Maidencane (Panicum hemitomon) grows wild in much of the southeastern United States. While it is an important wild food for animals, the tenacious rhizomes spread readily and quickly and can pose a threat to native plants. For this reason, controlling maidencane weeds in some regions is a necessity. There are several different methods of maidencane control. Which one is right for you depends upon the size and severity of the infestation.
What is Maidencane?
If you live in marshy, coastal regions of the southern U.S., you probably recognize maidencane grass. What is maidencane grass? It is a riparian soil stabilizer that forms important root colonies for fish and invertebrates and is widely browsed by deer and other animals. It can also be a noxious weed that pushes out native plants and changes ecosystems. When this happens, it is important to begin maidencane control and prevent loss of habitat.
Maidencane is a perennial grass that grows between 2 and 6 feet in height (.6 to 1.8 m.). Blades are smooth and hairless with overlapping sheaths that angle out from the main leaf. Leaves may be up to 12 inches long (30 cm.) and an inch wide (2.5 cm.), and taper gracefully. Flowers are borne on a narrow spike. Seedheads are delicate and travel on the wind, but many are sterile.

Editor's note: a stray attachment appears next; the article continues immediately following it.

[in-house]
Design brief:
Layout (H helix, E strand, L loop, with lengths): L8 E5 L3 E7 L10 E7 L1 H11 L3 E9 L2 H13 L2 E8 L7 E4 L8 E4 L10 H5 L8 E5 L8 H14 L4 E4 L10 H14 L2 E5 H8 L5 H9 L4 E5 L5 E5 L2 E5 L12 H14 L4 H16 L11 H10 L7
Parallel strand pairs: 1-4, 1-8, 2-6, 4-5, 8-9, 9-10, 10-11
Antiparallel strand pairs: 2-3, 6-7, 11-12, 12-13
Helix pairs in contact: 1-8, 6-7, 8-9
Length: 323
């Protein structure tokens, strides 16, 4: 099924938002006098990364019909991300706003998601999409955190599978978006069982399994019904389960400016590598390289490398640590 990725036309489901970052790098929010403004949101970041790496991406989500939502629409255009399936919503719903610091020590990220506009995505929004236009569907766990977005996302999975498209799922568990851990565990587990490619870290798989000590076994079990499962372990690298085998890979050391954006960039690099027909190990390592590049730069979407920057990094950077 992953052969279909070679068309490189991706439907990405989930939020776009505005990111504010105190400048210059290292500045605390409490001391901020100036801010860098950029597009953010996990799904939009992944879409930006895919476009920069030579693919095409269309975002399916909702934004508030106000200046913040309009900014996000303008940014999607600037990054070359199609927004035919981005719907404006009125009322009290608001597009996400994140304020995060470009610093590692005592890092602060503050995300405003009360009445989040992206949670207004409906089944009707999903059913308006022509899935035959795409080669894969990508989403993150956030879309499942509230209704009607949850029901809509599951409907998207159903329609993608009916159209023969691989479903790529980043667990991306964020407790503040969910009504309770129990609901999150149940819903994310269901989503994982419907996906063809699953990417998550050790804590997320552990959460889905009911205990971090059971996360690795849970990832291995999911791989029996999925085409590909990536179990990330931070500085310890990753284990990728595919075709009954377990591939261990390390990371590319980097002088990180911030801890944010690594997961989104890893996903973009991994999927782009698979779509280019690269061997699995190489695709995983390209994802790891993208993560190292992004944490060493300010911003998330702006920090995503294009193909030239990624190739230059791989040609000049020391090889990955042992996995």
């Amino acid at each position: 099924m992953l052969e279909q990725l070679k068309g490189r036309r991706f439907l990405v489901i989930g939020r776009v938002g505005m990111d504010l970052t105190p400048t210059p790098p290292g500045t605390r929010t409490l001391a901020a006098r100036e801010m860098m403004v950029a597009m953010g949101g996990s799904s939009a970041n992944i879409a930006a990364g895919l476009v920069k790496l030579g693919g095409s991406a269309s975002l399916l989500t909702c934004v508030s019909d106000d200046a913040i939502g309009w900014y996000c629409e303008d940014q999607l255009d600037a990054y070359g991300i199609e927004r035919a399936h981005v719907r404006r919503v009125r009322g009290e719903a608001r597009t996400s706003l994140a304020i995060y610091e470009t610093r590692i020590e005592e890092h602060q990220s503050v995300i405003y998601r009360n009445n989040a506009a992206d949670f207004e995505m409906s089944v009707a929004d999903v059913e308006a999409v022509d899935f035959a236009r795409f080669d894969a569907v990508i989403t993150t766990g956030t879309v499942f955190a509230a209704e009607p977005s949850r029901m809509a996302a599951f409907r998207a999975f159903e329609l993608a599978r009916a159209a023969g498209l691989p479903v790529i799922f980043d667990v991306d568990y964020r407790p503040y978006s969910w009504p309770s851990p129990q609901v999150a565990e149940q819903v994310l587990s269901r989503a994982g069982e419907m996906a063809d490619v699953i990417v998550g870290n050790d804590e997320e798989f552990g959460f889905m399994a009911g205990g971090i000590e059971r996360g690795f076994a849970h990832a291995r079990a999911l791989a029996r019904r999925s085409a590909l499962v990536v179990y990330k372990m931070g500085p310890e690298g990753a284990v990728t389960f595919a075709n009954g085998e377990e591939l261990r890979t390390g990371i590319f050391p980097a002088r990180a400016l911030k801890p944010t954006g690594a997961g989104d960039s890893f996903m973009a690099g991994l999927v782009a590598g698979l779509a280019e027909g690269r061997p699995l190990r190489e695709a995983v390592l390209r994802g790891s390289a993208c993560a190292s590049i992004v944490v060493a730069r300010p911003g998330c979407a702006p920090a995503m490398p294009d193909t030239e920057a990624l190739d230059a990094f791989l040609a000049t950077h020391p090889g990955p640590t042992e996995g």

The most common method of maidencane propagation is through rhizomes. Maidencane rhizomes can move two feet (60 cm.) under the soil and have a similar spread. In areas with perfect maidencane growing conditions, the spread of the plant can be rapid and potentially dramatic as the plant eats up areas that should have a more diverse flora.
Most gardeners don’t have maidencane in gardens but it is often part of the waterline in properties near lakes, rivers, fens and other moist sites near the coast. The ideal maidencane growing conditions are warm temperatures, consistent moisture and tolerates almost any light level. Maidencane can withstand any soil pH and can even survive anaerobic situations.
It is an important part of the floating marshes of Louisiana. Maidencane is also fire resistant unless the rhizomes are burned. As long as the rhizomes remain wet and unburned, the plant will spring back easily from wild fires.
Controlling maidencane weeds can be tricky. This is because even small pieces of the rhizome left behind will start a new colony. That makes hand pulling unwise. However, over time consistent mowing or tilling can control the plant by reducing its supply of energy.
Herbicides, like glyphosate, can be effective controls but their use near water can be detrimental to fish and other aquatic animals. Additionally, large stands of maidencane decomposing in the water can reduce oxygen and cause other problems.
To keep wild stands off your property, a physical barrier may be required that is at least 2 feet (60 cm.) under the soil. Another potential method of control is the use of goats, but be wary – they have no rule book and will eat other plants as well.